# To check whether given series is convergent or divergent

The given series is $\sum_{n=1}^{\infty}\left(\frac{1}{n^{1+1/n}}\right)$.I try ratio test but it gives 1.Any hint.

• Apply root test. It may help. – hemu Nov 18 '17 at 21:13
• But when ratio test fails,root test fails too. – Believer Nov 18 '17 at 21:14
• No, when the root tests fails, the ratio test fails. Not the other way round. – Duncan Ramage Nov 18 '17 at 21:16
• this sum does not converge – Dr. Sonnhard Graubner Nov 18 '17 at 21:16
• @omkarGirkar Consider the sequence given by $1/2, 1, 1/8, 1/4, 1/32, 1/16, \dots"$, that is, $a_n = \frac{1}{2^{n + 1}}$ if $n$ is even, and $a_{n} = \frac{1}{2^{n - 1}}$ if $n$ is odd. The limit for the ratio test doesn't even exist, but the root test confirms it converges with a limit of $\frac{1}{2}$. – Duncan Ramage Nov 18 '17 at 21:41

## 2 Answers

As $$\lim_{n\to\infty} \frac{1}{n^{1/n}} = 1$$ it follows that

$$\frac{1}{n^{1/n}} > \frac{1}{2}$$ for all $n \geq N$ for some fixed $N$ (in fact, $1/n^{1/n}$ hits a minimum larger than $1/ 2$ at $n=3$ ($0.69\!\dotsc$), so this holds for any $N\geq1$, but that isn't actually necessary to know).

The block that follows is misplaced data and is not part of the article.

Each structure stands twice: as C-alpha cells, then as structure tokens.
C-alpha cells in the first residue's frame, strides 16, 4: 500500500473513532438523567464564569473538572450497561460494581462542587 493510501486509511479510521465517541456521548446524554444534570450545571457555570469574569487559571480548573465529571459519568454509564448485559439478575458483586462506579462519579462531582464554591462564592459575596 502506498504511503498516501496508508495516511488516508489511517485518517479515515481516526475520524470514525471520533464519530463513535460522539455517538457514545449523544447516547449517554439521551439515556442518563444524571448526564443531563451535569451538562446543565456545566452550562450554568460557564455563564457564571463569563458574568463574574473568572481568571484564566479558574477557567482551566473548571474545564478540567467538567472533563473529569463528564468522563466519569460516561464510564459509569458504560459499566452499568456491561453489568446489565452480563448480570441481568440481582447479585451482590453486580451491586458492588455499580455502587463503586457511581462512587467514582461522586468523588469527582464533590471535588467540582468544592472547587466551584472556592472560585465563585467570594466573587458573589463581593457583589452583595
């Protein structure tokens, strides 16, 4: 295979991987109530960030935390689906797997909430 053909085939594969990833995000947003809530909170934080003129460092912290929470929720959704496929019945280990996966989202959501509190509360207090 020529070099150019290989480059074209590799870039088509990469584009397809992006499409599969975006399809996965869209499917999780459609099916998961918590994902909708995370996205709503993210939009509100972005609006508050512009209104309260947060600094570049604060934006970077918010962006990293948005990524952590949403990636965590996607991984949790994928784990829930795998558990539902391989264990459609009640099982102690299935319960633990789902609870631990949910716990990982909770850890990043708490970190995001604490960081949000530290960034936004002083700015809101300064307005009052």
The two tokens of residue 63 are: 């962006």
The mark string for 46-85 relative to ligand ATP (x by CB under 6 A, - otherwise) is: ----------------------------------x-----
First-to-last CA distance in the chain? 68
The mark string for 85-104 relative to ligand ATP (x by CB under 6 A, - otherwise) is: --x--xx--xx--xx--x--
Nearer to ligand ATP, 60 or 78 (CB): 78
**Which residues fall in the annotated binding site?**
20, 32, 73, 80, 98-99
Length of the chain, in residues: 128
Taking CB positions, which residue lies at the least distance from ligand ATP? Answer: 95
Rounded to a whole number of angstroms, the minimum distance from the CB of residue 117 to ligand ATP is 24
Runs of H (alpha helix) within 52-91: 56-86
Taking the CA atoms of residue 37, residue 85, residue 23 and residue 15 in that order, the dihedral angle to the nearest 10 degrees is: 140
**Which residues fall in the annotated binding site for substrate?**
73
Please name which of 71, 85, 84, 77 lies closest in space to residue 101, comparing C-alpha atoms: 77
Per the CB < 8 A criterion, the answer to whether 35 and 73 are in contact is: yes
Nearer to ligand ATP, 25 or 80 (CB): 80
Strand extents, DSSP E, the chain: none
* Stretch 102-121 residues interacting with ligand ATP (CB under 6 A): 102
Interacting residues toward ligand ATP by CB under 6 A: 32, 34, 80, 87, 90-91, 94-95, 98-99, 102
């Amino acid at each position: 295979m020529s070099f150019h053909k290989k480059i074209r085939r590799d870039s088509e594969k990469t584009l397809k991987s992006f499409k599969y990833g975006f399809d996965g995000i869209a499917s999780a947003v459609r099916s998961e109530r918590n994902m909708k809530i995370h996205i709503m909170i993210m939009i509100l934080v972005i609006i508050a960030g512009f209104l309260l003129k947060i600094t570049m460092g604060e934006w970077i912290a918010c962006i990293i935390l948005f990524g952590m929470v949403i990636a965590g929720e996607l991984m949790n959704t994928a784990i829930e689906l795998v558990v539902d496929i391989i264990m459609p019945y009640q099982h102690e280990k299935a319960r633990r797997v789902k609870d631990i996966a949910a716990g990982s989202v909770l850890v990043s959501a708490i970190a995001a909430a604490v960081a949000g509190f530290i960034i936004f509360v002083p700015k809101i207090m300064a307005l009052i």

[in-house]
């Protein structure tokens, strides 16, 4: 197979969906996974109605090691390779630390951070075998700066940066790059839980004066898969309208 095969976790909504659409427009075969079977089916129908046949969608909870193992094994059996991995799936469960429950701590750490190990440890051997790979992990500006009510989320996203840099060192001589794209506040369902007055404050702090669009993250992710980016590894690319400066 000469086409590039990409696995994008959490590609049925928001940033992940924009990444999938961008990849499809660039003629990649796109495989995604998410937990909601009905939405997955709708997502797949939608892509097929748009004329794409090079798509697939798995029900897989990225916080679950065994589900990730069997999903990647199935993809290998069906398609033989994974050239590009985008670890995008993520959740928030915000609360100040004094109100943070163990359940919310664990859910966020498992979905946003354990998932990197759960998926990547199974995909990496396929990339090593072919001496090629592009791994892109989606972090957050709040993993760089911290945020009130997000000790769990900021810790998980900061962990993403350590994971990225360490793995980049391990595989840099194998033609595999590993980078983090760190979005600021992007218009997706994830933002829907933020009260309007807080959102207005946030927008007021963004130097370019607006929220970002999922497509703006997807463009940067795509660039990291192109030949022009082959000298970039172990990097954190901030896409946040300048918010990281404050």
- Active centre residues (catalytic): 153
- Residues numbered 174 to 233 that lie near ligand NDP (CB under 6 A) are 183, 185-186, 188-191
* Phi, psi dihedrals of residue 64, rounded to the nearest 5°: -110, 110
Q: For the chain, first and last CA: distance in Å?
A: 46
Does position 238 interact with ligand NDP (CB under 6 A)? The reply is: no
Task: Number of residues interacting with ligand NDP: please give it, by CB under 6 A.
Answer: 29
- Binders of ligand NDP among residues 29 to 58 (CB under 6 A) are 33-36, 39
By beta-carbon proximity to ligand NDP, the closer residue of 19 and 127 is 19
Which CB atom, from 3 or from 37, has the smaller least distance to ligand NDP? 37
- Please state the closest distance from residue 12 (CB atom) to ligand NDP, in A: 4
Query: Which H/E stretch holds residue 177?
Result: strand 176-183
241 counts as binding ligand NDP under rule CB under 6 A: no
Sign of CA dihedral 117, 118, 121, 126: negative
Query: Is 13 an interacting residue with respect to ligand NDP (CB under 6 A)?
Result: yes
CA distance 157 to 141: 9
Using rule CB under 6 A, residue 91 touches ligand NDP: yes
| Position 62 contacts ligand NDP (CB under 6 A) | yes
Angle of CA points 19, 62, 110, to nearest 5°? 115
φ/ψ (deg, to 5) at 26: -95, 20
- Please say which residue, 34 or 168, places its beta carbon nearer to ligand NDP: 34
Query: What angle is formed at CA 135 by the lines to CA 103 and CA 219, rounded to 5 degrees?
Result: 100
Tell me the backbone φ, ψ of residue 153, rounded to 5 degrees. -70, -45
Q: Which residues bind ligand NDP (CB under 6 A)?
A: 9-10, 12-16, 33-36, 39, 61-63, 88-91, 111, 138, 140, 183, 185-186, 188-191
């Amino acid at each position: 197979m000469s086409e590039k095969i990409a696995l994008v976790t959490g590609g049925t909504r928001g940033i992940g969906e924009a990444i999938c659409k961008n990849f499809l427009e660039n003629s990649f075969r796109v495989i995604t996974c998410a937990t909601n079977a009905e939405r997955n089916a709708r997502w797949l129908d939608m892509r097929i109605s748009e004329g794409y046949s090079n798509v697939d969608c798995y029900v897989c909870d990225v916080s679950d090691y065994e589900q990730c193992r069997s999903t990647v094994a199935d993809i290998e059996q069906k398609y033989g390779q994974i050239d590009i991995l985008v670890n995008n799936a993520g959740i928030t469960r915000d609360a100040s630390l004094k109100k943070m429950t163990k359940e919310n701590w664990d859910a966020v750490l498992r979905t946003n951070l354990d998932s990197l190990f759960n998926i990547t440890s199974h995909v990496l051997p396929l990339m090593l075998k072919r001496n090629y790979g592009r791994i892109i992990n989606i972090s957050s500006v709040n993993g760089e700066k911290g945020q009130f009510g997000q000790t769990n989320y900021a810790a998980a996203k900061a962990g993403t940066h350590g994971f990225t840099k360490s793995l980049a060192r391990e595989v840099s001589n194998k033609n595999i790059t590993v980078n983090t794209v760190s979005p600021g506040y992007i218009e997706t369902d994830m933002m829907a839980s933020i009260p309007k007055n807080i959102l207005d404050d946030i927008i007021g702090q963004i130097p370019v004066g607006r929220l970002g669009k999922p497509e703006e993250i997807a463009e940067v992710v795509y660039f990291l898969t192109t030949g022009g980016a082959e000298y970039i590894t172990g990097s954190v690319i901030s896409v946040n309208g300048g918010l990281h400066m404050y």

$$\sum_{n=1}^{\infty} \frac{1}{n^{1+1/n}} = \sum_{n=1}^{N-1} \frac{1}{n^{1+1/n}} + \sum_{n=N}^{\infty} \frac{1}{n^{1/n}} \cdot \frac{1}{n^1} > \sum_{n=1}^{N-1} \frac{1}{n^{1+1/n}} + \frac{1}{2}\underbrace{\sum_{n=N}^{\infty}\frac{1}{n}}_{\to\infty}$$

• Only kidding... I had meant to say it monotonically decreases before hitting a minimum at $\frac{1}{e^{1/e}}$ and then monotonically increases, but I clearly got bored of typing – adfriedman Nov 18 '17 at 21:38
• Ok..I understand your answer but just now I come to know one result which will really make the solution even more easy..can I post my answer – Believer Nov 18 '17 at 21:52

If $a(n)$$>$$0$ and $\lim na(n)$ is not $0$ as $n$ goes to $\infty$,then $\sum a(n)$ is divergent.So in this case $\lim na(n)$=$1$,So easily we can say that $\sum a(n)$ is divergent.

• This is just an application of the limit comparison test. This arguably needs more machinery to properly prove than the answer I posted, but it works. – adfriedman Nov 29 '17 at 11:04